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Kurdish Parties Unhappy at Split

Islamic group criticised for decision to leave the main Kurdish electoral bloc at a time when competition for votes is getting tougher.
By Talar Nadir
The decision of the Islamic Union of Kurdistan to run independently in the upcoming parliamentary election reflects rumblings of discontent with the two main Kurdish parties, which are already predicted to lose some seats as more Sunni Arabs seek representation.



The Islamic Union of Kurdistan, IUK, established during the civil conflict in Kurdistan in 1994, is a moderate Islamic party that joined the strategic alliance between the Patriotic Union of Kurdistan, PUK, and the Kurdistan Democratic Party, KDP, in the January 2005 election to an interim parliament. The IUK is considered the third most powerful Kurdish party.



The party announced in late October that it would run separately from the Kurdish Alliance in order to "shake up political stagnation" in Iraqi Kurdistan. It said that having one alliance dominated by the two big parties reflected a "chill in the political life" of Kurdish politics.



Iraq’s national assembly election is due on December 15. While there are 19 political alliances on offer, many Kurds are expected to vote for a specifically Kurdish slate when they go to the polls.



But aside from the withdrawal of the IUK, the Kurdish Alliance is expected to lose some of its 77 parliamentary seats because key Sunni Arab parties which boycotted the January 2005 polls will be running in next month's election, so Sunnis are likely to claim more seats in parliament, which are awarded according to the percentage of votes won. In the January election, the Kurdish Alliance came second after the Shia-led United Iraqi Alliance.



Some Kurds are concerned that a larger Sunni presence in parliament will hurt Kurdish efforts to create a federal state, and to incorporate into Kurdistan areas such as Kirkuk which they believe are rightfully theirs.



Alliance leaders are naturally not best pleased with the IUK’s decision to break with the coalition at such a critical point. KDP politburo member Ezadeen Barwary called the IUK's “a threat to the Kurdish Alliance's goals.”



“If we are weak when we go into the election, we will not be able to defend Kurdish rights, and we know that there are certain parties that are hostile to Kurds,” he said.



In Kurdish areas, the IUK is largely catering to voters frustrated with the PUK and KDP. Many residents of Kurdistan are increasingly disenchanted with the way their region is governed as they struggle with poor public services, rising housing costs and corruption.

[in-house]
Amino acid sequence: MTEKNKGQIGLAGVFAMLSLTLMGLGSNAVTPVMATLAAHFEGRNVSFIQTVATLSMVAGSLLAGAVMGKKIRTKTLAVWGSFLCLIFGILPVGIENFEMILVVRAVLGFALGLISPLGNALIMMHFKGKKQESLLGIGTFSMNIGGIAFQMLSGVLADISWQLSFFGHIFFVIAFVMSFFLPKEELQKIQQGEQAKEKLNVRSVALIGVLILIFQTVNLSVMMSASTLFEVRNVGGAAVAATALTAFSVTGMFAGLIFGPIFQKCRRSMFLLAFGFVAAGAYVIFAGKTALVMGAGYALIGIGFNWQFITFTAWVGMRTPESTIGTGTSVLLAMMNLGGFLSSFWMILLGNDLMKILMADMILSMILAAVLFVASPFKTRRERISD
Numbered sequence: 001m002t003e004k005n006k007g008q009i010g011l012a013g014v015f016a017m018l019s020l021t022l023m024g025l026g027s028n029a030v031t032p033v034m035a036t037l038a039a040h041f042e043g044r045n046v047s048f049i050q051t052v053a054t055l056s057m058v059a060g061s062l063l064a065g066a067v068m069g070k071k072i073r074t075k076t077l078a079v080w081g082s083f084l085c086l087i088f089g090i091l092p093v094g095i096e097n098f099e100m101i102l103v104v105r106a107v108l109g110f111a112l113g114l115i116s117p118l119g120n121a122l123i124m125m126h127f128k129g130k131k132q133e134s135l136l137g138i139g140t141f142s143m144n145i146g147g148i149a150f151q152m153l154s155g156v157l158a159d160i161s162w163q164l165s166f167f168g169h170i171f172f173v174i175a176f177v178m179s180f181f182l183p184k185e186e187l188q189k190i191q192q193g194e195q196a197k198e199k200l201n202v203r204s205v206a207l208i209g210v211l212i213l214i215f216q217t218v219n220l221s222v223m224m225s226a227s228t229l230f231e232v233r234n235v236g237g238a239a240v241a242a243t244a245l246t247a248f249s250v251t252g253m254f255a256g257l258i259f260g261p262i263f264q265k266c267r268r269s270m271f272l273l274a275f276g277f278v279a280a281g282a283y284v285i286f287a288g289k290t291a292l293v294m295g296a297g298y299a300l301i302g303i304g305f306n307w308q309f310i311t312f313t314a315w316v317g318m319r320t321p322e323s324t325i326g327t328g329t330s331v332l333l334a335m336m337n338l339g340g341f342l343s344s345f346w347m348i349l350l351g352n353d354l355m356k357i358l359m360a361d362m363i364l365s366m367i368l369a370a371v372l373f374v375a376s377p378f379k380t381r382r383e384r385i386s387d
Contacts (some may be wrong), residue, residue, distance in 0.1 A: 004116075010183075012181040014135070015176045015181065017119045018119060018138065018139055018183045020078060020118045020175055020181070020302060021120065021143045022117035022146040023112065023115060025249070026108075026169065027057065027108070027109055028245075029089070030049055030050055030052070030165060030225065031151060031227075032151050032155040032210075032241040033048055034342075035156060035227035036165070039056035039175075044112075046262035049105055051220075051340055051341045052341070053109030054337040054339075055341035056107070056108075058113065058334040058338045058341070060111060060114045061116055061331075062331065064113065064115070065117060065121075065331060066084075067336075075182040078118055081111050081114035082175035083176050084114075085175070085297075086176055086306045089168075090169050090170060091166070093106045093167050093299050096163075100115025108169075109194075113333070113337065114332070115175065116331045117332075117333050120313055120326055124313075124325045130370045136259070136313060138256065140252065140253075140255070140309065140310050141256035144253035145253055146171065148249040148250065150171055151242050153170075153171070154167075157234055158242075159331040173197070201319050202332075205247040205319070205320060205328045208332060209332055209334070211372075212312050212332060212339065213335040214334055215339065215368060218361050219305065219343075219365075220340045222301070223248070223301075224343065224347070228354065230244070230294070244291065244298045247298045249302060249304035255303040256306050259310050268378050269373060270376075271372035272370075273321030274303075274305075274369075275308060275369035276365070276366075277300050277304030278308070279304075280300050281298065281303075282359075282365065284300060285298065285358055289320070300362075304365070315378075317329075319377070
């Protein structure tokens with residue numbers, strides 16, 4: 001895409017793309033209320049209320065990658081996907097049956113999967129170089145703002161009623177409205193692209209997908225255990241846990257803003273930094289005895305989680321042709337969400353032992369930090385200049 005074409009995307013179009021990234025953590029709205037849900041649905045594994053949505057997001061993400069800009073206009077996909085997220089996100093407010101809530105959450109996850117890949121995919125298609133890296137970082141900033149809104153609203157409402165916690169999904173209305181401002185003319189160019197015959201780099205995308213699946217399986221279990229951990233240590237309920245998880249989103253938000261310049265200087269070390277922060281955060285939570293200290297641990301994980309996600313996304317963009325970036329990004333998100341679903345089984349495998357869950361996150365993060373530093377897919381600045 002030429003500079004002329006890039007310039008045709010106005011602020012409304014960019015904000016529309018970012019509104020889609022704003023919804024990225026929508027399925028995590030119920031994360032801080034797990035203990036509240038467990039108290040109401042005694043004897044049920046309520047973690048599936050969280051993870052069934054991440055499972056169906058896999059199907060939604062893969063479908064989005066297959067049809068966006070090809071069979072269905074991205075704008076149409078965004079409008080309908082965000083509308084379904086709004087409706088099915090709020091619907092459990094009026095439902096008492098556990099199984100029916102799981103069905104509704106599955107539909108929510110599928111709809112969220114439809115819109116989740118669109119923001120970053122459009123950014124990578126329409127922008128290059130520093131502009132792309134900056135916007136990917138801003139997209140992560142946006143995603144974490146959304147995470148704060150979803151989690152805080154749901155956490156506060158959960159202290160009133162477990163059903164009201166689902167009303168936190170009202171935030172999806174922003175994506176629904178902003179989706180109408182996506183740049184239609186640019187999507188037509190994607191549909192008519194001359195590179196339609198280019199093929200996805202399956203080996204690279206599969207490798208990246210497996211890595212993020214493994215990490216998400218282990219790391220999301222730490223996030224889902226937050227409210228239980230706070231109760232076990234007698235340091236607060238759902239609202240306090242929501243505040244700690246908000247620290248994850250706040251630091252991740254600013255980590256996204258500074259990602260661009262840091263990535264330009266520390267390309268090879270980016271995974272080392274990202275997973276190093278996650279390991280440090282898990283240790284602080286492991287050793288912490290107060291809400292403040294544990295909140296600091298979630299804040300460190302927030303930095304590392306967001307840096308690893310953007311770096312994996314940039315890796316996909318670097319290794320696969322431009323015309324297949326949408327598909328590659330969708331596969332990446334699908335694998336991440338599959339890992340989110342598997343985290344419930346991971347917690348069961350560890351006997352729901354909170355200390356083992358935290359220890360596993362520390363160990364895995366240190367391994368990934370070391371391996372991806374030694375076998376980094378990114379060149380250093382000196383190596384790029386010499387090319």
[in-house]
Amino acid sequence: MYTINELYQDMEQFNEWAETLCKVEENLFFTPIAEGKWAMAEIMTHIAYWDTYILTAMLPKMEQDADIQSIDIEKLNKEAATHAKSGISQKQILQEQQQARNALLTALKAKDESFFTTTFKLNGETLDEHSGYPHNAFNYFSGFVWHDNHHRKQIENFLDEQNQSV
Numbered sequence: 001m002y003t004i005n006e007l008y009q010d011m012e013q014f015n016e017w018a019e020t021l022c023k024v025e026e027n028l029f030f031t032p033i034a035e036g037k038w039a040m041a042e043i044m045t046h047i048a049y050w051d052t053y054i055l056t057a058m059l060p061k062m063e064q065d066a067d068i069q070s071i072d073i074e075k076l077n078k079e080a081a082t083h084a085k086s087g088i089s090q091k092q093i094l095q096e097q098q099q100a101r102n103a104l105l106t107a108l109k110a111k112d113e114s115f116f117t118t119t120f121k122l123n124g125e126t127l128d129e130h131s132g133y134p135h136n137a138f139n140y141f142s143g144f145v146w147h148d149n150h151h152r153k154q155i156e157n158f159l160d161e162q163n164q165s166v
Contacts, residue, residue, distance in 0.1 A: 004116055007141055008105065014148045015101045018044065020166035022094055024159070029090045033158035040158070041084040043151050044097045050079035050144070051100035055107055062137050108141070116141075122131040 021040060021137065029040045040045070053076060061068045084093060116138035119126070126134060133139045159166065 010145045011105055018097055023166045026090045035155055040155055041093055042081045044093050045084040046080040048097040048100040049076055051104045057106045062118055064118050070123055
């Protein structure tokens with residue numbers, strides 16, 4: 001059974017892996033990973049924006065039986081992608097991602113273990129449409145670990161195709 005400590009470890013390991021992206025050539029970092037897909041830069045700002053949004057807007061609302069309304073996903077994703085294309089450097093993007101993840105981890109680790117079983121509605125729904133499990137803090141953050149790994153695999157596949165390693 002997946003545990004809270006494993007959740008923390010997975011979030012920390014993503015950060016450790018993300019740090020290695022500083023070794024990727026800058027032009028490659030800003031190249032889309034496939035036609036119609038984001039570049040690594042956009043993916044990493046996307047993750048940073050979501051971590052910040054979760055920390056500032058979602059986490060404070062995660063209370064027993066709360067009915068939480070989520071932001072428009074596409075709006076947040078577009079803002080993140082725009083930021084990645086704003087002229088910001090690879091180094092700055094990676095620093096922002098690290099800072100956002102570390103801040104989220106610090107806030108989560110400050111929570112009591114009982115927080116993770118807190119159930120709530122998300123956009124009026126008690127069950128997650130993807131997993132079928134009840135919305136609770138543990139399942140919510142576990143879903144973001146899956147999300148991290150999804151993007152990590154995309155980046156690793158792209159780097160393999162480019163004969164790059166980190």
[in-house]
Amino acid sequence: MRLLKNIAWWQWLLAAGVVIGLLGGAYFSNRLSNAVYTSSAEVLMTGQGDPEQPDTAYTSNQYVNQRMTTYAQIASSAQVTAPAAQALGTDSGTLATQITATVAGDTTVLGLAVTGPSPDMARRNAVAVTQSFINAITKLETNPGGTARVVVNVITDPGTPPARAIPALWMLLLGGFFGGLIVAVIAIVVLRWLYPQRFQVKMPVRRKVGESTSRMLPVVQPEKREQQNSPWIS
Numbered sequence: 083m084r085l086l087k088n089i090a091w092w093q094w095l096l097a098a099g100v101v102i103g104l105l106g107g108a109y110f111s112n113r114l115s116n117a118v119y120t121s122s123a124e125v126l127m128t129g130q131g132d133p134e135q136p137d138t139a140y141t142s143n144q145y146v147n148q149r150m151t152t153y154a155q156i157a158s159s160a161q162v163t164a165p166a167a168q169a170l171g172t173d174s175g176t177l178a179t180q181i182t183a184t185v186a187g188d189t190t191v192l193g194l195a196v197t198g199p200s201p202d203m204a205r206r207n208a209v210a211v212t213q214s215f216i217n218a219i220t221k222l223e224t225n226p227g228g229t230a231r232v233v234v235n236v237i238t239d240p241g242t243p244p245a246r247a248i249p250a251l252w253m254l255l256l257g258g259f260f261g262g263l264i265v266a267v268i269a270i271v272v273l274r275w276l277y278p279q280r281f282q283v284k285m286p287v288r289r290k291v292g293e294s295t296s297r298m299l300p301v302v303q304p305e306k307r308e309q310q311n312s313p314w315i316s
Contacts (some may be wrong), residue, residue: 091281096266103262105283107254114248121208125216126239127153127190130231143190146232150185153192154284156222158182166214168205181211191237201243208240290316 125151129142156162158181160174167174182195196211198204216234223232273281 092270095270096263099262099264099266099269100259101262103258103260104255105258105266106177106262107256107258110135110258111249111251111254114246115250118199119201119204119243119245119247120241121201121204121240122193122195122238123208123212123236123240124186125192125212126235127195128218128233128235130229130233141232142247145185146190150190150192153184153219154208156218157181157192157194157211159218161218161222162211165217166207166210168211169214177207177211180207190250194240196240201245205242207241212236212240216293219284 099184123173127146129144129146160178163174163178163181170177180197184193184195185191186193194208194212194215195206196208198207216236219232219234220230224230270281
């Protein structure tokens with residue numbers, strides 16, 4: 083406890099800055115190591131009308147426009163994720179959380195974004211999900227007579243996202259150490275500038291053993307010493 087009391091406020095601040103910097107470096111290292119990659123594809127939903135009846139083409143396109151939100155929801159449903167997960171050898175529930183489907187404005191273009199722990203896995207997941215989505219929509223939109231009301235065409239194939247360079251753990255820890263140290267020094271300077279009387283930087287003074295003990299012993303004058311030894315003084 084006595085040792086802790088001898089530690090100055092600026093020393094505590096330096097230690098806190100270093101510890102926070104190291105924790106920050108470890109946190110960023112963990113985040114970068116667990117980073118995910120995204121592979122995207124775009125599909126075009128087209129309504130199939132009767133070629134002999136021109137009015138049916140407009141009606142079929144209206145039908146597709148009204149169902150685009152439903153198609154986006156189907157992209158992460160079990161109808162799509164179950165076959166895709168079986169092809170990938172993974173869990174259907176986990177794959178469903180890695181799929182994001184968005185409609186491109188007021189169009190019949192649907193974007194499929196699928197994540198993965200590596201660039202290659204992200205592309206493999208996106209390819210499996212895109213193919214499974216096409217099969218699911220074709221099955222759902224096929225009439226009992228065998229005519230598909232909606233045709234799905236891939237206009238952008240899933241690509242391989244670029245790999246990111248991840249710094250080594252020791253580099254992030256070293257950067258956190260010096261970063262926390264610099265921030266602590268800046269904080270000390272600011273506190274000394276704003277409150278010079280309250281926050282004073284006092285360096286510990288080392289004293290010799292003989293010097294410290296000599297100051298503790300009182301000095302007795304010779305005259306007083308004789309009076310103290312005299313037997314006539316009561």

The parties may also have lost some favour by helping draft a constitution that does not support Kurdish autonomy to the level that many Kurds wanted. In the end, however, vast majority of Kurdish voters approved the constitution in the October 15 referendum.



The IUK estimates that it has the support of 15 to 20 per cent of Kurdistan residents. It has promised to fight corruption both in the Kurdish region and in Iraq as a whole, and to provide better public services. The Kurdish Alliance is campaigning on the same two issues, as well as pushing other policies such as redrawing borders to bring areas like Kirkuk into Kurdistan.



Aso Ali, a senior member of the PUK, said he was disappointed with the IUK’s decision. Although he did not think it would significantly hurt the alliance, he still felt that “it would have benefited the Kurds to stick together.”



The alliance also includes the Islamic League of Kurdistan, the Toilers’ Party of Kurdistan, the Communist Party of Kurdistan, the Socialist Party of Kurdistan and two Turkoman parties.



Ali said the IUK had felt frustrated because it was not given any high-level posts in the government, and had been promised only three seats in parliament after the forthcoming election. The IUK currently has six of the Kurdish Alliance's 77 seats in the Iraqi National Assembly, and holds nine of the 111 seats in the Kurdistan regional assembly, also elected last January.



Omar Abdul-Azeez, a senior IUK member, said his party broke with the alliance not over the issue of seats, but rather because it feels Kurdistan needs fresh political voices and better representation.



Abdul-Azeez said the party would not join an Islamic alliance or any other party list, because it wanted Kurdish issues to remain its primary focus.



But some leaders are still concerned that the Kurdish Alliance will be weaker as a result.



Shwan Ahmed, an expert on political Islam, said the withdrawal of the IUK might ultimately hurt Kurdish interests because it could split the vote, even if only to a marginal extent.



Ahmed noted that the IUK appealed to a somewhat different electorate from its ertswhile partners. The former, he said, were interested in Islamic issues and "would never vote for a list that includes the PUK, KDP and the secular parties".



On the other hand, he said that liberal secular voters "who are angry with the platform and policies of the PUK and KDP are also well aware that the IUK is not more liberal than they are.”



Talar Nadir is an IWPR trainee in Sulaimaniyah.

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